The Fish and the Finch
In a far distant time and place, on the fifth story of a great palace, near the wondrous window of a seemingly endless series of stately glass apertures, there resided a fish and a finch in a tank and a cage, respectively. But this was no ordinary pair, for both were exceptional and exceedingly uncommon in their own ways. Namely, the avian animal was actually an anomalous, red-headed rainbow finch, the rarest of its species, with a red face, black collar, sky blue crown, pastel purple chest, pale yellow belly, turquoise tail, and faded, forest green back. Despite colors subtler than an average Gouldian finch, and a size much larger, no one ever appreciated its plumage other than its neighbor, who likewise, was no regular fish, but rather a rainbow fish, the rarest of all coral creatures, whose holographic scales changed color whenever light reflected off of its laterally compressed surface, and whose shape was perfect for swimming around the reefs out of which its distant ancestors evolved. Its deep, dark hues of blue, green, and pinkish purple had the power to mesmerize anyone in view of them, and its bright silver scales too, but no one ever appreciated the amazing aquatic animal other than its neighbor, the finch.
Each day, the two would stare longingly out at the landscape, and each night, the two would dream about each other, either gone on splendid adventures outside of the confines of their enclosures, or lost in the nightmare of being trapped forever. Upon waking from its restive state each morning, the fish would look out at the ocean on the horizon and fantasize about finding its way back home, come hell or high water. Even death would taste better than the comforts of this prison, it would think to itself. Similarly, the finch would sightsee the trees in the distance and imagine singing on their braided branches, to fulfill its potential as an appointed messenger of the trees, like other wild birds, through whose clear tones, the gods themselves spoke.
“One day, I will escape this cage,” the finch would chirp to its friend.
“And one day, this tank’ll be history,” the fish would reply.
“We’ll find a way somehow,” the one would tell the other, but over time, after many long days and nights that seemed to blend together, the actual prospects of such fancies grew bleaker and bleaker.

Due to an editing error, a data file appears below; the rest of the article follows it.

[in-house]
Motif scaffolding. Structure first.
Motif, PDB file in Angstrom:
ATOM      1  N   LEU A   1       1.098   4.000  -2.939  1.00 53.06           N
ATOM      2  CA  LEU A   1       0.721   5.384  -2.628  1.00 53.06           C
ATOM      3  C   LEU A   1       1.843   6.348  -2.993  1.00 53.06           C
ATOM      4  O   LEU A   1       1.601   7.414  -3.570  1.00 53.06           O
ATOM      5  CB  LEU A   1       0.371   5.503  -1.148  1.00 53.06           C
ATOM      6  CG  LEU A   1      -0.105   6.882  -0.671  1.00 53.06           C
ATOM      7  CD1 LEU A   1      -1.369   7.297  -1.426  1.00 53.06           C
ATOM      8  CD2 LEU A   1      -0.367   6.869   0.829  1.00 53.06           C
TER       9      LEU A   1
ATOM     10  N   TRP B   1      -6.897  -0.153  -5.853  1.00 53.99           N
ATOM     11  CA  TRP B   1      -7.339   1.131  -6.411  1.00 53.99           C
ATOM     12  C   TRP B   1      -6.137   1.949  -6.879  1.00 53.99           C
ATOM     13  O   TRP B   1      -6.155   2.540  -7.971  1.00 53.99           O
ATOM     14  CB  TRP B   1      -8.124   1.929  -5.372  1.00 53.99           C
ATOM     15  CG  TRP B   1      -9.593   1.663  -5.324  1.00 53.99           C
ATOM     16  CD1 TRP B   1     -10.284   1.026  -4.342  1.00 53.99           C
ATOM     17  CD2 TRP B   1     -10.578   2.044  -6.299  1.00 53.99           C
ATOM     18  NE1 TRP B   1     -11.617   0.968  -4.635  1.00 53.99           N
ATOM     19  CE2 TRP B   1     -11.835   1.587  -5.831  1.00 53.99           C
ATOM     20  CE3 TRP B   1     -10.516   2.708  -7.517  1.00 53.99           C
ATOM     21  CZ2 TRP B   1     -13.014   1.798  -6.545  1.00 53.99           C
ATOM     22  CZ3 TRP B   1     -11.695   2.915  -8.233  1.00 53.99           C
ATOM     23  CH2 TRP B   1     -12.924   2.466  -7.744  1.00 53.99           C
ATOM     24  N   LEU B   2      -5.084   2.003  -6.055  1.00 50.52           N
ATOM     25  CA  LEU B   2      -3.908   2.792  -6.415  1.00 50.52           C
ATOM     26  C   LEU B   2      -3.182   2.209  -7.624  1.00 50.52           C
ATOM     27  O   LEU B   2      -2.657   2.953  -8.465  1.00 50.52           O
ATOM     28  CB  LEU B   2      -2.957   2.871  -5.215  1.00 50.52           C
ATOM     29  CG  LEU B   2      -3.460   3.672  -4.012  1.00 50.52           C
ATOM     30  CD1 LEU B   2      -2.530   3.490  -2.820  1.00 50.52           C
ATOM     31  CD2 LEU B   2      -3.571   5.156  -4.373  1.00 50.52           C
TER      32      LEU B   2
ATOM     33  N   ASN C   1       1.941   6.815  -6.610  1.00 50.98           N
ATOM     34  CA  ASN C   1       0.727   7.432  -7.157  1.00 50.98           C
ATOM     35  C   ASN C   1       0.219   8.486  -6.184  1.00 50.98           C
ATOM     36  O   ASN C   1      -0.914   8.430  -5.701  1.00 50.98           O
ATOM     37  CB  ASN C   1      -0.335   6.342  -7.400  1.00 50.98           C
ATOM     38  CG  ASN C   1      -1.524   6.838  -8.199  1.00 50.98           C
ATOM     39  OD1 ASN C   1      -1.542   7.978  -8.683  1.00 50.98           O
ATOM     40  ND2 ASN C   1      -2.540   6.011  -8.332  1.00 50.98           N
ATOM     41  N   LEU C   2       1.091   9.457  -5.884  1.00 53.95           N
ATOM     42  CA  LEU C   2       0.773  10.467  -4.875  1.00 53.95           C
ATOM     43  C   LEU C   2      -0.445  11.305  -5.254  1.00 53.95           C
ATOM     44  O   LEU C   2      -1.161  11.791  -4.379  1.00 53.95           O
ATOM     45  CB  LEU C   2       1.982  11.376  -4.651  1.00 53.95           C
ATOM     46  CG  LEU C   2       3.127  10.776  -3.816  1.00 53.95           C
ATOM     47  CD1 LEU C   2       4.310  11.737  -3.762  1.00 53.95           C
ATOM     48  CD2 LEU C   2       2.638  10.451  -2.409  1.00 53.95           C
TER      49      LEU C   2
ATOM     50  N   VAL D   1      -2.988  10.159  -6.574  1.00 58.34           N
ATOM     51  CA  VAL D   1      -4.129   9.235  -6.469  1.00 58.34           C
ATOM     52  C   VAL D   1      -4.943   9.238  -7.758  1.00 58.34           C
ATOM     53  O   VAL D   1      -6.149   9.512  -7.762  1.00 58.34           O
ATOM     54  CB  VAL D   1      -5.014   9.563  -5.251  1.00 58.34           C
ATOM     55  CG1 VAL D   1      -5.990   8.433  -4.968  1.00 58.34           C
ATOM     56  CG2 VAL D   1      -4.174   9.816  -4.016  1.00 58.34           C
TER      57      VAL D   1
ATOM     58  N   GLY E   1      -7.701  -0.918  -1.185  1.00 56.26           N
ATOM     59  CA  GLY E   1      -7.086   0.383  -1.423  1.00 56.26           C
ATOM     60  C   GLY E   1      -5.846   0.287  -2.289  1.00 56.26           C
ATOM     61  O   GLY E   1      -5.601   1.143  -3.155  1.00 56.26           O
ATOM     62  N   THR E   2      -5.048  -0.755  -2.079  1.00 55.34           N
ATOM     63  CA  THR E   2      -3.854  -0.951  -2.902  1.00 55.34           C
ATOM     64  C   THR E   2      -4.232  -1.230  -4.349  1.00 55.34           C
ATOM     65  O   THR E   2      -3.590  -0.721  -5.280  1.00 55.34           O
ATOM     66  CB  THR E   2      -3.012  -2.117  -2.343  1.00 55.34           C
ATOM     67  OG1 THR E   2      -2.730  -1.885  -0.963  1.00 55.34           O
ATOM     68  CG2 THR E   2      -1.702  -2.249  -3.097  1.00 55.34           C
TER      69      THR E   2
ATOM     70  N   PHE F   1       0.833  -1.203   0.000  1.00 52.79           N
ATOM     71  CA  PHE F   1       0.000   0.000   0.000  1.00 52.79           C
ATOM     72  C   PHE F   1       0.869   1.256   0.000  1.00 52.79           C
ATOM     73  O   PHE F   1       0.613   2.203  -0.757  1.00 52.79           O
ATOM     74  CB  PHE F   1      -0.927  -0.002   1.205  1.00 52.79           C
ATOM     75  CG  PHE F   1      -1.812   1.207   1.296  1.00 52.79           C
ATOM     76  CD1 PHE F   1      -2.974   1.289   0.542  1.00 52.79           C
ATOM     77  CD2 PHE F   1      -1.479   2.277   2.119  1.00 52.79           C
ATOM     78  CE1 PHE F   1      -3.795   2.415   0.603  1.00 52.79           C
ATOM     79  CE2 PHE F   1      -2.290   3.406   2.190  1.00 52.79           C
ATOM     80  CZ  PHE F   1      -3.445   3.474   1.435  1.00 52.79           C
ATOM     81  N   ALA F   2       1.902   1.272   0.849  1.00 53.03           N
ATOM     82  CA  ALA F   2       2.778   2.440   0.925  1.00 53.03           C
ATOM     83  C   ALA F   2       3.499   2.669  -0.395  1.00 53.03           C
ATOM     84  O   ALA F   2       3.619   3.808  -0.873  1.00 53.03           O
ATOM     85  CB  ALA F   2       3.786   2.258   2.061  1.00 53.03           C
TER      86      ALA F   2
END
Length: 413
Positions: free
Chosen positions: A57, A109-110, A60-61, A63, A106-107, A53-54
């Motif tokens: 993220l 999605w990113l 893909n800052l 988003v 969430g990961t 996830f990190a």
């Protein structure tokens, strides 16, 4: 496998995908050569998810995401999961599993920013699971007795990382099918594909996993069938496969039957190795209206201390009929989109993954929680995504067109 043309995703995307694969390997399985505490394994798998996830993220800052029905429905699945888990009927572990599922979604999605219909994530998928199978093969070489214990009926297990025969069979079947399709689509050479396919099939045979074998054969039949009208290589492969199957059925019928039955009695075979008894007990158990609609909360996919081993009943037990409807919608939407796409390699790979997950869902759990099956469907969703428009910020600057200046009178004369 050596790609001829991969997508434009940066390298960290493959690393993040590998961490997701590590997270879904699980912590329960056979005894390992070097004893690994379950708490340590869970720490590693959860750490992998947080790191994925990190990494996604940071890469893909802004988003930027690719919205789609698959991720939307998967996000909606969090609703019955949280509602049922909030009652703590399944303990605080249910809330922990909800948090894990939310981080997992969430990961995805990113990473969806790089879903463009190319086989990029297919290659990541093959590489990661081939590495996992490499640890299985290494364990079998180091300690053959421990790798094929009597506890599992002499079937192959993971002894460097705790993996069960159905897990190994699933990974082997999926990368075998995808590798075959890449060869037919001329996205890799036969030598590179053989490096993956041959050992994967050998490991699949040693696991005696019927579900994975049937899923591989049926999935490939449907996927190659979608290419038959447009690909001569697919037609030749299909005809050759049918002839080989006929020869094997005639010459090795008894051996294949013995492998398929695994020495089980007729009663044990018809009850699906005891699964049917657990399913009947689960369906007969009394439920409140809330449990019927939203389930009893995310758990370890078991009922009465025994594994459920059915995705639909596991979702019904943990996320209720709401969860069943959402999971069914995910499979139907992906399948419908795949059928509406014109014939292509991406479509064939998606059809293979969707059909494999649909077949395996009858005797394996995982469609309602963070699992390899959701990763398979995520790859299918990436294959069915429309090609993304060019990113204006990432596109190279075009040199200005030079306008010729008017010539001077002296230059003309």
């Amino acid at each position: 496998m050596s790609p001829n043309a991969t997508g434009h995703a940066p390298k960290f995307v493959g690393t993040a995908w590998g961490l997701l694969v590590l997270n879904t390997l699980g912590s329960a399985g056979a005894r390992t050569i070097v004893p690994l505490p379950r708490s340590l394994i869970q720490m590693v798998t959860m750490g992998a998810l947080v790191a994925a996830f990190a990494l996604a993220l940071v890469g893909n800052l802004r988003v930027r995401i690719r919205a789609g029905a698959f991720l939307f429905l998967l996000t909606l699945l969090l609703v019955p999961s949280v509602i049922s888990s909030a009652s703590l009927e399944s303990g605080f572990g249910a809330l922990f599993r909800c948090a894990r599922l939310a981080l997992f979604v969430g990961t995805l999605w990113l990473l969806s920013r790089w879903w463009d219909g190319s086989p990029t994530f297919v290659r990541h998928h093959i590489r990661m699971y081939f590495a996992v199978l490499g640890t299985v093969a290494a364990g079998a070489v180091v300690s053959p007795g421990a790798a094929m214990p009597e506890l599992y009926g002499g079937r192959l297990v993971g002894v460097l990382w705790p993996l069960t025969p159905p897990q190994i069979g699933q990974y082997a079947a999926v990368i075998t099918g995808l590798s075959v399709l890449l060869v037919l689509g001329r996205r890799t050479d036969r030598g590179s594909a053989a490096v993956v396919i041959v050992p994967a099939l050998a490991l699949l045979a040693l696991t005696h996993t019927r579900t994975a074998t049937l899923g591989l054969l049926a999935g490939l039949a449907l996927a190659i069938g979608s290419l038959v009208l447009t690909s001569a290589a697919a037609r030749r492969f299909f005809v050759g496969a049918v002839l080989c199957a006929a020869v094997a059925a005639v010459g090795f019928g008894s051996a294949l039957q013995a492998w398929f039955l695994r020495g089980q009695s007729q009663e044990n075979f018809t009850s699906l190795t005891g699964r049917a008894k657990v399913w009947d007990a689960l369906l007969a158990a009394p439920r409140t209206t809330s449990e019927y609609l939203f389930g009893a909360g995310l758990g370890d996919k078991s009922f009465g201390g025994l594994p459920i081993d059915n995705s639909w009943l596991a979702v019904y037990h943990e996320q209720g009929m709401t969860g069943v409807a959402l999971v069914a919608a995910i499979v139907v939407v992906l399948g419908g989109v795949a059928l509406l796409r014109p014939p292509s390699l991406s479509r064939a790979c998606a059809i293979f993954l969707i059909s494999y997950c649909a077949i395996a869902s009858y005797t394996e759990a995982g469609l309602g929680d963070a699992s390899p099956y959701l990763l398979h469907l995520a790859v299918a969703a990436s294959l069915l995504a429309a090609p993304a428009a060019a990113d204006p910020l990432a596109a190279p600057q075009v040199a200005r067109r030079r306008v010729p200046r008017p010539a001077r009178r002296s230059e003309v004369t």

Just when all hope had been lost, one morning, the fish pointed out to the finch that the custodian had not properly secured the second of the three latches on its door.
“Can you squeeze through?” the rainbow fish queried with excitement. “Or are you too big?”
“Let’s see.” Try as the finch did with all its might, it could not fit through, but the rainbow fish persisted in its encouragement and entreaties.
“Use your pointed beak to loosen the bottom bolt! Or try it with your toe, but be careful! Come on!”
After fiddling with the device with great care and patience, the finch finally loosened the latch and made it through the opening.
“At last!” the beaming bird bellowed. “I’m out! Now it’s your turn.”
“It’s no use,” the fish admitted, “just go on without me. Even if you carry me with your claws to the ocean, how could I ever make it without any water? I’d suffocate long before then.”
Discontent to leave his friend behind, the finch refused to leave. Elated as it just was, it began to cry in lamentation of such a cruel fate. Once the tears subsided and a sedate silence set in, its sharp eyes started to wander ‘til sighting the perfect vase, of an ancient origin and historical significance, whose volume was just large enough to accommodate its comrade, and just small enough to be carried to the ocean. Without saying a word, the fervid finch flew over and grabbed the delicate container then scooped up the fish without any warning, water and all.
“Woah, what’s happening?” the once fainéant, now flurried fish exclaimed.